Cardiac hypertrophy and structural and metabolic remodeling related to seasonal dormancy in the first annual cycle in tegu lizards

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Elsevier B.V.



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Morpho-functional adjustments in the heart of juvenile tegu lizards (Tupinambis merianae) were analyzed at distinct seasonal periods to investigate how the demands of growth and of energy saving are reconciled during the first annual cycle. The relative ventricular mass (Mv) was 31% and 69% larger in late autumn and winter dormancy, respectively, compared to early autumn. This effect did not persist during unfed arousal, suggesting that protein accumulates in the heart during hypometabolism and is degraded on arousal. Both the hypertrophy and the atrophy were disproportionate in the largest individuals. In contrast, Mv was smaller in lizards that were starved during spring activity compared to fed lizards, this effect being larger in smaller individuals. In late autumn and winter dormancy the spongy myocardium had 8% of the section area covered by lacunary spaces, which expanded after food intake during arousal and reached 29% in spring activity together with higher density of cardiomyocytes. Total and soluble proteins per mass unity were unchanged, and maximum activities of selected enzymes suggest sustained glycolytic and aerobic capacities during hypometabolism. Results indicate that important structural adjustments occur in the heart in anticipation of dormancy, and that the protein balance in the tissue is maintained at winter temperatures similar to 17 degrees C. (c) 2013 Elsevier Inc. All rights reserved.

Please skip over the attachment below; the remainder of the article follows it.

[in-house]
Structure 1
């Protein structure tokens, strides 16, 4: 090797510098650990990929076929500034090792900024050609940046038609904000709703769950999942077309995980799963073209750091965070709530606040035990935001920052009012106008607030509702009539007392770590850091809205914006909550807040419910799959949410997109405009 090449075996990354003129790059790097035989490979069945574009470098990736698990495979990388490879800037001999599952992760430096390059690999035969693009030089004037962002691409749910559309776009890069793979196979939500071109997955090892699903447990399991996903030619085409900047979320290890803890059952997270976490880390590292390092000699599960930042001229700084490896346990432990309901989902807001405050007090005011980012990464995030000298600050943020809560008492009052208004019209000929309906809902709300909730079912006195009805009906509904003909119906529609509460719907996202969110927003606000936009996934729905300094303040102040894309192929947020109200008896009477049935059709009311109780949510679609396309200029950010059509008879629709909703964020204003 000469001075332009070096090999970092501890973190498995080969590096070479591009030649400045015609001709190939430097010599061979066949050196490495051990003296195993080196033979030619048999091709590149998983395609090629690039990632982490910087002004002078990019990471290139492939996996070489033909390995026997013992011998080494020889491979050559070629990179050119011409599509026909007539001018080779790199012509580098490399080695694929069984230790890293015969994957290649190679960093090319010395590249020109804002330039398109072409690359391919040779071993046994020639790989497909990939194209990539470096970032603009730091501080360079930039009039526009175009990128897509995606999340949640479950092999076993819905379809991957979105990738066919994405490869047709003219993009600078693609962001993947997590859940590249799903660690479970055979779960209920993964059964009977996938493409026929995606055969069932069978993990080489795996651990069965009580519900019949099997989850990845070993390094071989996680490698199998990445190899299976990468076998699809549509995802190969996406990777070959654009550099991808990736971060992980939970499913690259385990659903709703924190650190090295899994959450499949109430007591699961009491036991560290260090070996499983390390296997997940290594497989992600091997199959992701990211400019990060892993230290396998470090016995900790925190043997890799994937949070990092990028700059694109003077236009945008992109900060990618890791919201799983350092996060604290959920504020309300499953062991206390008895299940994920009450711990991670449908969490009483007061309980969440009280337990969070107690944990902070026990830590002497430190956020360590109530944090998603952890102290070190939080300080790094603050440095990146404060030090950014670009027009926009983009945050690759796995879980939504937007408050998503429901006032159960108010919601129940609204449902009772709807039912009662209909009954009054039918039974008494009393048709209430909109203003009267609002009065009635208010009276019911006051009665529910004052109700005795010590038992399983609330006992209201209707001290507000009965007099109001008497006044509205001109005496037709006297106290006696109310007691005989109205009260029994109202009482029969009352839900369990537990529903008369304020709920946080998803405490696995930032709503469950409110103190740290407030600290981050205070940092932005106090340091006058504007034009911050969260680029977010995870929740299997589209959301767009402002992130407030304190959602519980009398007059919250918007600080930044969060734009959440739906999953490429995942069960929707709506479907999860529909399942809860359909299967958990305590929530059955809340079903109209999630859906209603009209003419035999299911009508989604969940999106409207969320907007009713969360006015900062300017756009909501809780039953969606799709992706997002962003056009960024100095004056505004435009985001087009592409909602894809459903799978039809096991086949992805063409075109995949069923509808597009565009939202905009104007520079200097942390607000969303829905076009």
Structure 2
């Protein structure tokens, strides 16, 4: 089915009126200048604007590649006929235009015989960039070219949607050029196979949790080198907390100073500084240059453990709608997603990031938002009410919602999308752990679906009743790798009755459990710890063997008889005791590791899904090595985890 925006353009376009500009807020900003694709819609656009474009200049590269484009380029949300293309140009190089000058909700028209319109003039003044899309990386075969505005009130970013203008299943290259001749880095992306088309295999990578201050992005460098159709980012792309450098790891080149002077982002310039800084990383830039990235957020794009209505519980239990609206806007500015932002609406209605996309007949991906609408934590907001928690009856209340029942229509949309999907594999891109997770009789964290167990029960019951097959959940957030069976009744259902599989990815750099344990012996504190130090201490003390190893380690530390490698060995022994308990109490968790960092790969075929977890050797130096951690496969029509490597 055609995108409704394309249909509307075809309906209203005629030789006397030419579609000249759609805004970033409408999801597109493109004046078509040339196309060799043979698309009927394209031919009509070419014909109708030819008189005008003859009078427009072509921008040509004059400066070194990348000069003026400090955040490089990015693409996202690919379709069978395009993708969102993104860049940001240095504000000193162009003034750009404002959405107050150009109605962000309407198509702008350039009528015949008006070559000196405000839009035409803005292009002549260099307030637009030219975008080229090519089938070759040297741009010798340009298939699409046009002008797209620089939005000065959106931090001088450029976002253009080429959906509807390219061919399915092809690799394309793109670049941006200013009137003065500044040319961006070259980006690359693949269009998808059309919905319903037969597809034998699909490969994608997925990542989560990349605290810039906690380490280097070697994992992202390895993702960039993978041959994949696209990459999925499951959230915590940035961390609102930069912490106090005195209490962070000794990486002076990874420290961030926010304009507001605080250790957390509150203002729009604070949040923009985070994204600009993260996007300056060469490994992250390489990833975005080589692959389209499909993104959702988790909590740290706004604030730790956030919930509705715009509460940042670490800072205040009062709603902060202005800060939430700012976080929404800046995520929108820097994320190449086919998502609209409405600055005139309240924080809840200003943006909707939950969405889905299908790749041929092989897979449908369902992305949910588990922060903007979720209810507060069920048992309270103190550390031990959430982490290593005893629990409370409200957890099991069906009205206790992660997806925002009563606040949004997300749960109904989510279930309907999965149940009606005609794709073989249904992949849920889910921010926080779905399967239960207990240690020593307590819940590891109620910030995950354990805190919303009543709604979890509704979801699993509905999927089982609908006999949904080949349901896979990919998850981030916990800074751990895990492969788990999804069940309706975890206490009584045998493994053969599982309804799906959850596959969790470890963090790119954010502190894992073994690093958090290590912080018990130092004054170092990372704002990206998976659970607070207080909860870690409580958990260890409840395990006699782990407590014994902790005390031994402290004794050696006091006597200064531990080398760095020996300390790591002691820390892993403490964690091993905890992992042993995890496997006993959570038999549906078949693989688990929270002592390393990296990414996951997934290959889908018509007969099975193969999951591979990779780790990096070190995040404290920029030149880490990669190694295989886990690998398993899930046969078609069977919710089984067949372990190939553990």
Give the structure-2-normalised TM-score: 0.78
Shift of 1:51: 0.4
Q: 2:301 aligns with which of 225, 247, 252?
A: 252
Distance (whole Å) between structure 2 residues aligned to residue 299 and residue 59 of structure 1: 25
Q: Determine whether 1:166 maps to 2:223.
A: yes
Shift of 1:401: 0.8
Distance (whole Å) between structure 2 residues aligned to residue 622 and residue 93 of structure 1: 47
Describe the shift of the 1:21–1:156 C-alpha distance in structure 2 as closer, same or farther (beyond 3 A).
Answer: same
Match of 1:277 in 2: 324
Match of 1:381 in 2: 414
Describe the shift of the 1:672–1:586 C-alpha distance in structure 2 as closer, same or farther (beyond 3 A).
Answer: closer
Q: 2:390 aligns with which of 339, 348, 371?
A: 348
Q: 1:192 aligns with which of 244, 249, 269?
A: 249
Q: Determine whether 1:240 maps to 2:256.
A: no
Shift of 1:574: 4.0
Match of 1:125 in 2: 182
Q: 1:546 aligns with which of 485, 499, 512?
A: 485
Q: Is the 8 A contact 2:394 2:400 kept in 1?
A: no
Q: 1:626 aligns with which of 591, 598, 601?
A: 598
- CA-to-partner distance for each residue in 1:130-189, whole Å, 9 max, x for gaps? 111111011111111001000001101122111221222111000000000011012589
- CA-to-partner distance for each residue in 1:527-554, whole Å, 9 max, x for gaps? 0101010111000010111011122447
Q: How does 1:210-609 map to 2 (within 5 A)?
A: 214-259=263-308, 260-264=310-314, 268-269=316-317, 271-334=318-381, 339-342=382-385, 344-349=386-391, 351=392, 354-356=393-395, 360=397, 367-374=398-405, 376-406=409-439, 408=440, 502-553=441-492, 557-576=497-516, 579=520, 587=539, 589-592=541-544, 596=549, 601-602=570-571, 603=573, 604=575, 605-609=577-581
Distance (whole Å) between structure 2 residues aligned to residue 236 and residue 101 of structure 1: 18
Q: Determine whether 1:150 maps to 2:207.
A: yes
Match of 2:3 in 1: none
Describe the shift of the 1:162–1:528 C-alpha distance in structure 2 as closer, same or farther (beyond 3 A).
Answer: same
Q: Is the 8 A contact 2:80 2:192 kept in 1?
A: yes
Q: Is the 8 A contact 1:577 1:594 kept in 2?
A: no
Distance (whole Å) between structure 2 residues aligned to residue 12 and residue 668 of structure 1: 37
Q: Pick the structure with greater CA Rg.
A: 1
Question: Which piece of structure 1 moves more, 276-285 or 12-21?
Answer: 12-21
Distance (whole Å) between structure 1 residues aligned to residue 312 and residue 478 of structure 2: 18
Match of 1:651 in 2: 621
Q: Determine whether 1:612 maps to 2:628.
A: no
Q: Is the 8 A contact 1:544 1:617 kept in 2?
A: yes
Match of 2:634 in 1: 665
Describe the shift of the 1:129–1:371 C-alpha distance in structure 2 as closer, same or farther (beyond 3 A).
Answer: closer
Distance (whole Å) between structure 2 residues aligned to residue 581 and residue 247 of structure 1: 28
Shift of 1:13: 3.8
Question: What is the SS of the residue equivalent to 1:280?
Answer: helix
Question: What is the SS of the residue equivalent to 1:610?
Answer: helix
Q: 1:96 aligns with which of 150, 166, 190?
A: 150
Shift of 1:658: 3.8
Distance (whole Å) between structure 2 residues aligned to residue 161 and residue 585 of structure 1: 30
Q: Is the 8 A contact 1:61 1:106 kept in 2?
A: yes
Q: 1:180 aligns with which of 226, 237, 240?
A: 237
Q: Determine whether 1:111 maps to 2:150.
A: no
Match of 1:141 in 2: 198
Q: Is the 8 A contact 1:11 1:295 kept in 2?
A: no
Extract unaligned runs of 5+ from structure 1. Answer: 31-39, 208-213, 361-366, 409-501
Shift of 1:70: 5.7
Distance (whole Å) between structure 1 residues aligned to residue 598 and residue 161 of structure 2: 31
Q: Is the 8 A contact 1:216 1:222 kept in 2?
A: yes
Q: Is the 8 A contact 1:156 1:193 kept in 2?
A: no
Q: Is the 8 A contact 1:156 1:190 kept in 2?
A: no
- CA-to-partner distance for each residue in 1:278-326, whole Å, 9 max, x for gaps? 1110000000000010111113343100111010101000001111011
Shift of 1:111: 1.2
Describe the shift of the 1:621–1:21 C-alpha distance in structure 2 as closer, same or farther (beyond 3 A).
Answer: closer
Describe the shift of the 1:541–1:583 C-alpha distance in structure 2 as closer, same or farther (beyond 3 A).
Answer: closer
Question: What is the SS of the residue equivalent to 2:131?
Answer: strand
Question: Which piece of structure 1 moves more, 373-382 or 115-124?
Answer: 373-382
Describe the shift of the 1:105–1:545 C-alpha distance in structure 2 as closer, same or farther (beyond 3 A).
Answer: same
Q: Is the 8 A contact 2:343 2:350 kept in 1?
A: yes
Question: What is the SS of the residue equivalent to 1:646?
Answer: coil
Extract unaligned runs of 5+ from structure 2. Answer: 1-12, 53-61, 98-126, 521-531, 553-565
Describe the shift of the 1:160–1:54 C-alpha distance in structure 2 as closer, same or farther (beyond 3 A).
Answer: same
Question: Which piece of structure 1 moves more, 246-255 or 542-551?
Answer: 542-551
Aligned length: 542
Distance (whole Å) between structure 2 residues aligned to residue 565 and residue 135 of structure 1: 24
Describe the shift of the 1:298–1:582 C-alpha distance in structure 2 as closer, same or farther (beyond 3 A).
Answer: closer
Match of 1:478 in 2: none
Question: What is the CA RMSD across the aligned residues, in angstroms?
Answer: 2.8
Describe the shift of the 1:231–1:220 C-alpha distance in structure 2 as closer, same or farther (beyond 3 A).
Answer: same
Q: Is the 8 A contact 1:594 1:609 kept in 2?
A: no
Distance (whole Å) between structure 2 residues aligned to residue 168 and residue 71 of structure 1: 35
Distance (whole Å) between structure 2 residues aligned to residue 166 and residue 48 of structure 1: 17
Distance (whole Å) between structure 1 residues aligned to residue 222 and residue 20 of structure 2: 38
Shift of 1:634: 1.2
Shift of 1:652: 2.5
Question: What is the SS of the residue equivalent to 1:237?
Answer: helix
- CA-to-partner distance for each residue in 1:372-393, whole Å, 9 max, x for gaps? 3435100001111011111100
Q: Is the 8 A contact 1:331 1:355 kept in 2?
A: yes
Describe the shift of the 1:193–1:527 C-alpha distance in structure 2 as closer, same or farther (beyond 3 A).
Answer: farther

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Comparative Biochemistry And Physiology A-molecular & Integrative Physiology. New York: Elsevier Science Inc, v. 165, n. 3, p. 371-380, 2013.

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